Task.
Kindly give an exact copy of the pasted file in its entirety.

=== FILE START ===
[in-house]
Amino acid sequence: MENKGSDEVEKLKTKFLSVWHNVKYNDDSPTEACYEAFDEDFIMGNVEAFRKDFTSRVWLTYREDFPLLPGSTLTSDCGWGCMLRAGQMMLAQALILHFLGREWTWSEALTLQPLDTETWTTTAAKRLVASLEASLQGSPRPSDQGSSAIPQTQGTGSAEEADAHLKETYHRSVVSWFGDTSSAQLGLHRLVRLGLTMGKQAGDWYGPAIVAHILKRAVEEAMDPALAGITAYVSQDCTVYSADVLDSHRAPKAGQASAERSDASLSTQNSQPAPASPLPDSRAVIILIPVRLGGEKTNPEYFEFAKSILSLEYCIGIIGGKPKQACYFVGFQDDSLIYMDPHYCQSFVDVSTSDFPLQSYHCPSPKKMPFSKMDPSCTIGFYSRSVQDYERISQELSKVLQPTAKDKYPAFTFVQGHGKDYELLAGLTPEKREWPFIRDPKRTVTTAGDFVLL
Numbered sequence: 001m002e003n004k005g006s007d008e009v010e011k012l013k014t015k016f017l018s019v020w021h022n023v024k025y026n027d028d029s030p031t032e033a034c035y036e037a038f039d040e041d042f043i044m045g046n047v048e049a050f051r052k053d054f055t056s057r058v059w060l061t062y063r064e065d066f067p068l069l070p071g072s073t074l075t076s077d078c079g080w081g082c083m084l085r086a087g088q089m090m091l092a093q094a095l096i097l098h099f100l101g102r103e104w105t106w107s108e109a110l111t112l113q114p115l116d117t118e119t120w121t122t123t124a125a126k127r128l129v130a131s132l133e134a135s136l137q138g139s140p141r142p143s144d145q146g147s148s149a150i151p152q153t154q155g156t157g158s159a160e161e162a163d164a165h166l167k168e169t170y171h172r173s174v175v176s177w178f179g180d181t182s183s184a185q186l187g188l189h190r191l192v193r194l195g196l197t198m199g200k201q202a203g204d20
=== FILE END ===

[in-house]
Amino acid sequence: MENKGSDEVEKLKTKFLSVWHNVKYNDDSPTEACYEAFDEDFIMGNVEAFRKDFTSRVWLTYREDFPLLPGSTLTSDCGWGCMLRAGQMMLAQALILHFLGREWTWSEALTLQPLDTETWTTTAAKRLVASLEASLQGSPRPSDQGSSAIPQTQGTGSAEEADAHLKETYHRSVVSWFGDTSSAQLGLHRLVRLGLTMGKQAGDWYGPAIVAHILKRAVEEAMDPALAGITAYVSQDCTVYSADVLDSHRAPKAGQASAERSDASLSTQNSQPAPASPLPDSRAVIILIPVRLGGEKTNPEYFEFAKSILSLEYCIGIIGGKPKQACYFVGFQDDSLIYMDPHYCQSFVDVSTSDFPLQSYHCPSPKKMPFSKMDPSCTIGFYSRSVQDYERISQELSKVLQPTAKDKYPAFTFVQGHGKDYELLAGLTPEKREWPFIRDPKRTVTTAGDFVLL
Numbered sequence: 001m002e003n004k005g006s007d008e009v010e011k012l013k014t015k016f017l018s019v020w021h022n023v024k025y026n027d028d029s030p031t032e033a034c035y036e037a038f039d040e041d042f043i044m045g046n047v048e049a050f051r052k053d054f055t056s057r058v059w060l061t062y063r064e065d066f067p068l069l070p071g072s073t074l075t076s077d078c079g080w081g082c083m084l085r086a087g088q089m090m091l092a093q094a095l096i097l098h099f100l101g102r103e104w105t106w107s108e109a110l111t112l113q114p115l116d117t118e119t120w121t122t123t124a125a126k127r128l129v130a131s132l133e134a135s136l137q138g139s140p141r142p143s144d145q146g147s148s149a150i151p152q153t154q155g156t157g158s159a160e161e162a163d164a165h166l167k168e169t170y171h172r173s174v175v176s177w178f179g180d181t182s183s184a185q186l187g188l189h190r191l192v193r194l195g196l197t198m199g200k201q202a203g204d20